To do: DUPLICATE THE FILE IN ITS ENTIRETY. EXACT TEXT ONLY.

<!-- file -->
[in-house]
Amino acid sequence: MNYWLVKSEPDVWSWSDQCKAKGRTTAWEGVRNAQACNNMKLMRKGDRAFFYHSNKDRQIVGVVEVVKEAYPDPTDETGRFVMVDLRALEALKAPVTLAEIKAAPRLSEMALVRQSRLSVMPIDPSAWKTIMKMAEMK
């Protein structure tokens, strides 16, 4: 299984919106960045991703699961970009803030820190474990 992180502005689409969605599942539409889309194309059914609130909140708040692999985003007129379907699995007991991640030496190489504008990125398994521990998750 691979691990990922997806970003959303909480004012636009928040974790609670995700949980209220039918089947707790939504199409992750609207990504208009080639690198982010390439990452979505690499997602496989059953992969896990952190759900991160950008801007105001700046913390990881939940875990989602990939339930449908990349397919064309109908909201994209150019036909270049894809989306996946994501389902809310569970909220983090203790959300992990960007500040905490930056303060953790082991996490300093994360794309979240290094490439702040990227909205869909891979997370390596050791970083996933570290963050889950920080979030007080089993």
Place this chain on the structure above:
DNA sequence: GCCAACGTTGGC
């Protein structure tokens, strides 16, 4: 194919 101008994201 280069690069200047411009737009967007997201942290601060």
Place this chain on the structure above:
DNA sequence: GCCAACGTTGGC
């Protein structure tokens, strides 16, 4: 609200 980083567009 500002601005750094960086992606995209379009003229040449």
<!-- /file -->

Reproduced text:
[in-house]
Amino acid sequence: MNYWLVKSEPDVWSWSDQCKAKGRTTAWEGVRNAQACNNMKLMRKGDRAFFYHSNKDRQIVGVVEVVKEAYPDPTDETGRFVMVDLRALEALKAPVTLAEIKAAPRLSEMALVRQSRLSVMPIDPSAWKTIMKMAEMK
């Protein structure tokens, strides 16, 4: 299984919106960045991703699961970009803030820190474990 992180502005689409969605599942539409889309194309059914609130909140708040692999985003007129379907699995007991991640030496190489504008990125398994521990998750 691979691990990922997806970003959303909480004012636009928040974790609670995700949980209220039918089947707790939504199409992750609207990504208009080639690198982010390439990452979505690499997602496989059953992969896990952190759900991160950008801007105001700046913390990881939940875990989602990939339930449908990349397919064309109908909201994209150019036909270049894809989306996946994501389902809310569970909220983090203790959300992990960007500040905490930056303060953790082991996490300093994360794309979240290094490439702040990227909205869909891979997370390596050791970083996933570290963050889950920080979030007080089993």
Place this chain on the structure above:
DNA sequence: GCCAACGTTGGC
């Protein structure tokens, strides 16, 4: 194919 101008994201 280069690069200047411009737009967007997201942290601060």
Place this chain on the structure above:
DNA sequence: GCCAACGTTGGC
């Protein structure tokens, strides 16, 4: 609200 980083567009 500002601005750094960086992606995209379009003229040449």